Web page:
Massachusetts Comprehensive Health Curriculum Framework - October 1999
Disease Prevention and Control
Disease Prevention and Control focuses on factors contributing to the development of chronic, degenerative, and communicable diseases, including genetic and environmental factors. Disease Prevention and Control addresses methods for detection and strategies for prevention of chronic and communicable diseases. Maintaining good health is a topic of importance in Disease Prevention and Control. Because disease prevention and control is integral to health, these elements are also addressed in other specific areas of the Framework.
Study in Disease Prevention and Control conveys the important message that students have a considerable measure of control over their health. The contribution of science and technology/engineering has added greatly to disease prevention and control. Chances of contracting most illnesses can be greatly influenced by students' health-related choices and decisions. While the effects of heredity must be considered, behaviors and decisions also affect the development of such chronic diseases as cardiovascular disease, cancer, hypertension, strokes, diabetes, and osteoporosis. The risk factors for these diseases can be detected early in life and are heavily influenced by health-related choices. Instruction in Disease Prevention and Control also includes the skills necessary to act in a supportive yet safe manner toward people with diseases. Topics generally covered in Disease Prevention and Control include: Signs, Causes, and Treatment; Prevention; and Health Maintenance.
PreK-12 Standard 8: Disease Prevention and Control
Students will learn the signs, causes, and treatment of chronic and communicable diseases, and will gain skills related to health promotion, disease prevention, and health maintenance.
Learning Standards: Disease Prevention and Control
8.1 Describe how the body fights germs and disease naturally and with medicines and immunization.
Signs, Causes, and Treatment
8.2 Identify the common symptoms of illness and recognize that being responsible for individual health means alerting caretakers to any symptoms of illness.
8.3 Apply skills to prevent and control the spread of disease, including those that help promote cleanliness (such as correct handwashing, regular bathing, and washing clothes).
8.4 Identify tooth functions and causes of tooth health and decay, and apply proper dental health skills (such as choosing healthy tooth snacks, brushing, flossing).
8.5 Identify ways individuals can reduce risk factors related to communicable and chronic diseases.
8.6 Describe the importance of early detection in preventing the progression of disease.
Signs, Causes, and Treatment
8.7 Explain the need to follow prescribed health care procedures given by parents and health care providers.
8.8 Describe how to demonstrate safe care and concern toward ill and disabled persons in the family, school, and community.
8.9 Discuss how cleanliness and good grooming show consideration for self and others, and ways to promote cleanliness.
8.10 Describe the relationship between overexposure to the sun and skin cancer.
8.11 List the factors contributing to tooth decay, diseases of the mouth, and preventive measures.
8.12 Describe the influence that rest has on physical functioning (recovering from fatigue, restoring energy), personal requirements for sleep, and methods for getting adequate sleep.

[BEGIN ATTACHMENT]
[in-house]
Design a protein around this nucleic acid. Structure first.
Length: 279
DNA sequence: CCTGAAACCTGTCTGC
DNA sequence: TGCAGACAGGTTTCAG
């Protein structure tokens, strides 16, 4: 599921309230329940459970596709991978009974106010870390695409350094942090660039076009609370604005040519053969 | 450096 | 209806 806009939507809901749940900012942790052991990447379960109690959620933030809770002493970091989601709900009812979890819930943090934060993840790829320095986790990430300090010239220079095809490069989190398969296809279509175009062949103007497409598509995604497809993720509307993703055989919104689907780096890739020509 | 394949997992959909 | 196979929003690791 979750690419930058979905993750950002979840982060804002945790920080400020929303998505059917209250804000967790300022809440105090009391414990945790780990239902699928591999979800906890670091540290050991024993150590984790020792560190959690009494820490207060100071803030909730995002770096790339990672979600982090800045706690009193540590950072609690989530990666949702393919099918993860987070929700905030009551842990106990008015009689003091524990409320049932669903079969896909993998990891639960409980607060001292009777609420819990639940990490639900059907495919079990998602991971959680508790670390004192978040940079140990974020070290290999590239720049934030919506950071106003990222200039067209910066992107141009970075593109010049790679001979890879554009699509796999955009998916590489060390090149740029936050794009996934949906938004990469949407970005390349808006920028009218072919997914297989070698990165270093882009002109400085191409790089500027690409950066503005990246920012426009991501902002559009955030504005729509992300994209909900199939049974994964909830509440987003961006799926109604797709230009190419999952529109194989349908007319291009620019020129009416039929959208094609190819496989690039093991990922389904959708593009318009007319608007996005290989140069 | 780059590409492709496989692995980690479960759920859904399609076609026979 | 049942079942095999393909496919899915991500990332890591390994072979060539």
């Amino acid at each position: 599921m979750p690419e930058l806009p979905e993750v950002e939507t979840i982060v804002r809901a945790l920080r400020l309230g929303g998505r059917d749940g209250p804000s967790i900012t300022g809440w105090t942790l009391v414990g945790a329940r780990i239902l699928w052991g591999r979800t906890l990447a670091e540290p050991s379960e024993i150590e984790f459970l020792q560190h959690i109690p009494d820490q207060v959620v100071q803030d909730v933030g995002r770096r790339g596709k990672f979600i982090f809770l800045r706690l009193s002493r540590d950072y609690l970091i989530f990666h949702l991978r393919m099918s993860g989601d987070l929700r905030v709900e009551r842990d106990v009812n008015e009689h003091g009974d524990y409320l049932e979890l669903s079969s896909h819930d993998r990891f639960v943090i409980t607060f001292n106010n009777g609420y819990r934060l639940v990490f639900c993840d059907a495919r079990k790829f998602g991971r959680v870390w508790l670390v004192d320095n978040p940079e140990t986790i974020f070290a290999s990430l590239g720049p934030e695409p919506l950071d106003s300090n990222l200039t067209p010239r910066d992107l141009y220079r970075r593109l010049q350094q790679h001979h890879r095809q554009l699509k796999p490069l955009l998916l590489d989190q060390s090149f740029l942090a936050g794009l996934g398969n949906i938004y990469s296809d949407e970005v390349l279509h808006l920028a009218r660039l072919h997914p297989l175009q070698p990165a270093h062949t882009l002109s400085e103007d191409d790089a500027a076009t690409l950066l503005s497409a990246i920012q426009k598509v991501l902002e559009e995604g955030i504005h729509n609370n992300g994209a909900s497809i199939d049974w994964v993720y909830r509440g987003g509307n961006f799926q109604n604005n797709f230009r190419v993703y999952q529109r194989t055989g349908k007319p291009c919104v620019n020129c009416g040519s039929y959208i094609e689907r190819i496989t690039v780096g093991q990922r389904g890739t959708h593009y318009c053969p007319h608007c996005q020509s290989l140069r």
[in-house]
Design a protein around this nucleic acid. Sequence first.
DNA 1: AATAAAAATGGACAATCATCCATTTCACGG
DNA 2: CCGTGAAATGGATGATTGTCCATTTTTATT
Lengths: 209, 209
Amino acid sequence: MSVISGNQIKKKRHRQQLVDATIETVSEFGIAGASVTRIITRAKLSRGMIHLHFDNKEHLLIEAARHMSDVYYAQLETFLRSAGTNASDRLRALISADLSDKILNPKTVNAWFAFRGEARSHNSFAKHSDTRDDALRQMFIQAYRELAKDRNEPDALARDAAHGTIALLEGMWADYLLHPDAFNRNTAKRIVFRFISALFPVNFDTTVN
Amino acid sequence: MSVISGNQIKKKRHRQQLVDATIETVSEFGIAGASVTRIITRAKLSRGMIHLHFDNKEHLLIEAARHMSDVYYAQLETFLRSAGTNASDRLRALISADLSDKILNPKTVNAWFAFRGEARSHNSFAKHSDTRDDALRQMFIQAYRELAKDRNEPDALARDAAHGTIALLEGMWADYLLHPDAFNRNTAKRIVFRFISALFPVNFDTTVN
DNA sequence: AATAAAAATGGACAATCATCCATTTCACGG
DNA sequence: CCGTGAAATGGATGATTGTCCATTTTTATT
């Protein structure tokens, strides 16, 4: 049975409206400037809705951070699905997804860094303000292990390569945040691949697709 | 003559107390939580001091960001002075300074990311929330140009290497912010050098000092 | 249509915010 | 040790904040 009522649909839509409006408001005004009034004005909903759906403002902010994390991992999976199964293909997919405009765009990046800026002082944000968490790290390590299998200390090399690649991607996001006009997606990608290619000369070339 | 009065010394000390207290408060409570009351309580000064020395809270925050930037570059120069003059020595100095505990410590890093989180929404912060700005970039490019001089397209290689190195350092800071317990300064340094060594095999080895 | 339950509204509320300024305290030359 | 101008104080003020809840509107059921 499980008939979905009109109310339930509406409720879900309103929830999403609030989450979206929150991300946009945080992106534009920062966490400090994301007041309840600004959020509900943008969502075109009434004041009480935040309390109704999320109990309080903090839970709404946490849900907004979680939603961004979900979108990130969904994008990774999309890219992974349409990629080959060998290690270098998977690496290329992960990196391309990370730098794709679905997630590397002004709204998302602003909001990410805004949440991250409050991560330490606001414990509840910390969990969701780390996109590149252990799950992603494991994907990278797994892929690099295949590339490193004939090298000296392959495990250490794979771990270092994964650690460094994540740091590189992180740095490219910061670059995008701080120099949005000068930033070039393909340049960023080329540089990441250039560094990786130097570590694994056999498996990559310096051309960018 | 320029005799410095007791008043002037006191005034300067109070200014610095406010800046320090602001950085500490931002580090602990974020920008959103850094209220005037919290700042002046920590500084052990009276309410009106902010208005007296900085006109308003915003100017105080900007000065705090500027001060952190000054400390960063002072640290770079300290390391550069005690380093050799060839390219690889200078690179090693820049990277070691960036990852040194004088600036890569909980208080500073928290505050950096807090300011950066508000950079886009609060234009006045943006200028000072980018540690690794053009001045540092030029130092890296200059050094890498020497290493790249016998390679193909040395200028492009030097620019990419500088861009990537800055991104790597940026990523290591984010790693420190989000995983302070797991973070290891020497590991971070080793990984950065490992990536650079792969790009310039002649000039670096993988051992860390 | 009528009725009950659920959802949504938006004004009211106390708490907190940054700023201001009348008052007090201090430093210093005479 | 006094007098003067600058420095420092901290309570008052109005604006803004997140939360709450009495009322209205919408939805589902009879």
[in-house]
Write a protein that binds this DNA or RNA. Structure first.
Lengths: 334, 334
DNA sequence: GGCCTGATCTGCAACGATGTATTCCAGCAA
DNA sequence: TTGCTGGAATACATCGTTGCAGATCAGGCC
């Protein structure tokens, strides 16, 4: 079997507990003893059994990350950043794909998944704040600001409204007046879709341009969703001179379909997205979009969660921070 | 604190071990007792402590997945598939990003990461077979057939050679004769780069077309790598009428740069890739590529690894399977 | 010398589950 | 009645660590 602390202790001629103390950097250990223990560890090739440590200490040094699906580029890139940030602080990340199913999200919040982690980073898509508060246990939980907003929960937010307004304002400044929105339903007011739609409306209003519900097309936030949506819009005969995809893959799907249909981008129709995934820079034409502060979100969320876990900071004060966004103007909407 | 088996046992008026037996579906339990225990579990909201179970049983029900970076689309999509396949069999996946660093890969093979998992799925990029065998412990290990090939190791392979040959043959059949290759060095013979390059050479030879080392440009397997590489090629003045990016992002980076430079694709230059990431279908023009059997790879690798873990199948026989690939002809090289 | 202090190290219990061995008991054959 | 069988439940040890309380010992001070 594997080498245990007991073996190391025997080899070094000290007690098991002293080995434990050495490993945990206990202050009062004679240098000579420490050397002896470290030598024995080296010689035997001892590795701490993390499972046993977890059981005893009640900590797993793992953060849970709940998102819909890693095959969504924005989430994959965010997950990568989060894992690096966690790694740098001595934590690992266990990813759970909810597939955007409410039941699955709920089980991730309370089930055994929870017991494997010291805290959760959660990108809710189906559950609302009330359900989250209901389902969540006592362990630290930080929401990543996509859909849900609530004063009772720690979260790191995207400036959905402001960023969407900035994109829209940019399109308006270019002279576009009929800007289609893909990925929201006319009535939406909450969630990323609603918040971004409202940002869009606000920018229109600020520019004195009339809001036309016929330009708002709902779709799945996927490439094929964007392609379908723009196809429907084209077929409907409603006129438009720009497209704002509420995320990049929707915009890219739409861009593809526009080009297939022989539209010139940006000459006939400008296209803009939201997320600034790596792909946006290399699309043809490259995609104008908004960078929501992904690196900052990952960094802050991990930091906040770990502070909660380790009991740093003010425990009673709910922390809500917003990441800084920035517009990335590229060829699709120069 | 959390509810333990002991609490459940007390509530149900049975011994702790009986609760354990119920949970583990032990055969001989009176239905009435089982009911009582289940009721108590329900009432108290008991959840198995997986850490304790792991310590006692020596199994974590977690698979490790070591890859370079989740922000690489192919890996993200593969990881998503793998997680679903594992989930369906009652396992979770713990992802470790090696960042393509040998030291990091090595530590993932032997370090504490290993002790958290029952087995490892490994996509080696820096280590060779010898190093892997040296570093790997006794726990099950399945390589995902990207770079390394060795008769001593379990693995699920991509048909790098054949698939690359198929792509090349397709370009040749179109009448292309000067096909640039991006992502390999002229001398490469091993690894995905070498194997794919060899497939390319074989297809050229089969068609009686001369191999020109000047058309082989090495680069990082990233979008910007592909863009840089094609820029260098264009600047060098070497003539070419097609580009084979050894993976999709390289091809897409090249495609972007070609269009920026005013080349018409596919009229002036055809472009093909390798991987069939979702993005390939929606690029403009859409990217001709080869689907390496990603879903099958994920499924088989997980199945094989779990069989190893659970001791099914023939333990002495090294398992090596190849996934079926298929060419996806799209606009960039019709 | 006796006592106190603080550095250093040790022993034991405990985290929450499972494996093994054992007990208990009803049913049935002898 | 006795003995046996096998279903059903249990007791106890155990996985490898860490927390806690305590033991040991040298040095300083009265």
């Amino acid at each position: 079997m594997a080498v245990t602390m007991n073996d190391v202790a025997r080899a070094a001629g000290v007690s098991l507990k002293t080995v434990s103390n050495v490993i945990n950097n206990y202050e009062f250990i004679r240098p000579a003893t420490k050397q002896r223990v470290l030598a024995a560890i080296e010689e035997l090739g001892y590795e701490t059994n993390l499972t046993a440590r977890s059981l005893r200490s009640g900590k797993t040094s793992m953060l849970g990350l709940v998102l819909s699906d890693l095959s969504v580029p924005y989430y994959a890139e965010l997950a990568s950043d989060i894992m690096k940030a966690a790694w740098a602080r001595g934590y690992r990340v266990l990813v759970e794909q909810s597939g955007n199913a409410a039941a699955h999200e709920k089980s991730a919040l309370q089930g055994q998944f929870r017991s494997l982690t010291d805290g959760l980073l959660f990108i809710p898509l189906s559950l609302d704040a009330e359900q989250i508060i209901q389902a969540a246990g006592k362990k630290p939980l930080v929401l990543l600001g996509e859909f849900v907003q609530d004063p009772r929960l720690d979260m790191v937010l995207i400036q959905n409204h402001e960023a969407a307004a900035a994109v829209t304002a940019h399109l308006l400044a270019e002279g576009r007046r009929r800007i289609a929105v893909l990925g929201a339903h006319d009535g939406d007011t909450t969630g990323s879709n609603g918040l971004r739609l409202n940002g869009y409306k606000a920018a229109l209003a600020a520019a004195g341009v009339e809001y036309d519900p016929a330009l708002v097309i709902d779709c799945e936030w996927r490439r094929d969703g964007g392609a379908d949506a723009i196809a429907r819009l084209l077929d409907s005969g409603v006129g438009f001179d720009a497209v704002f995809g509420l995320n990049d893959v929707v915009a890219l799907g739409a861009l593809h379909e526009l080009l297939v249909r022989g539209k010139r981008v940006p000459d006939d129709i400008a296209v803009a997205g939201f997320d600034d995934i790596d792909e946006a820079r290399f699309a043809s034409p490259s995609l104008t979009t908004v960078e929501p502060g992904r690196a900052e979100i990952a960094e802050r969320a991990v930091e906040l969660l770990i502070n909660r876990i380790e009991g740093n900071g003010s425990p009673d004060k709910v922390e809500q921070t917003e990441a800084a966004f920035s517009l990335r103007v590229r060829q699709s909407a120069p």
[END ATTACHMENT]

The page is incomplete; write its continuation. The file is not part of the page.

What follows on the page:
8.13 Explain how the immune system functions to prevent and combat disease.
8.14 Identify positive health behaviors that reduce the risk of disease.
8.15 Learn how to use effective physical self-examination procedures and at what age they become necessary.
8.16 Demonstrate how to discuss procedures and test results with health care providers.
Signs, Causes, and Treatment
8.17 Describe the leading causes of death for different age groups, symptoms of common diseases among youth, the importance of early diagnosis, and the need for active involvement in the treatment and management of disease and chronic health problems.
8.18 Analyze the interaction between genetics and disease.
8.19 Explain the prevention and control of common communicable infestations, diseases, and infections.
Selected Examples: Disease Prevention and Control
8.3 Invite the school nurse or school physician to present a program to students about the relationship between hand washing and catching a cold and medicines that may help, including that medicines should only be taken with adult supervision.
8.4 Using a large cardboard model of the mouth with the teeth labeled, students close their eyes and floss with yarn covered with colored chalk. Students open their eyes and see which teeth were and were not missed. Practice until flossing is complete.
8.10 Students observe the characteristics of vegetable skins under a microscope. Place vegetables with and without sunscreen outdoors in the sun and shade. Periodically observe and record the same characteristics. Report the damage the sun has done under these various conditions.
8.15 Using materials provided by the American Cancer Society, students review the proper procedures for self-examination and plot on a calendar regular intervals for examinations.
Interdisciplinary Learning Objectives: Disease Prevention and Control
9-12 8.a. (Law & Policy. Connects with History & Social Science: Geography and Civics & Government)
Analyze the influence of factors (such as social and economic) on the treatment and management of illness.
9-12 8. b. (Law & Policy. Connects with History & Social Science: Civics & Government)
Explain confidentiality laws and individuals' rights to seek medical treatment.
9-12 8.c. (Law & Policy. Connects with History & Social Science: Geography)
Analyze the effects of urbanization, medical advances, politics, and public opinion on the transmission, prevention, and treatment of disease.
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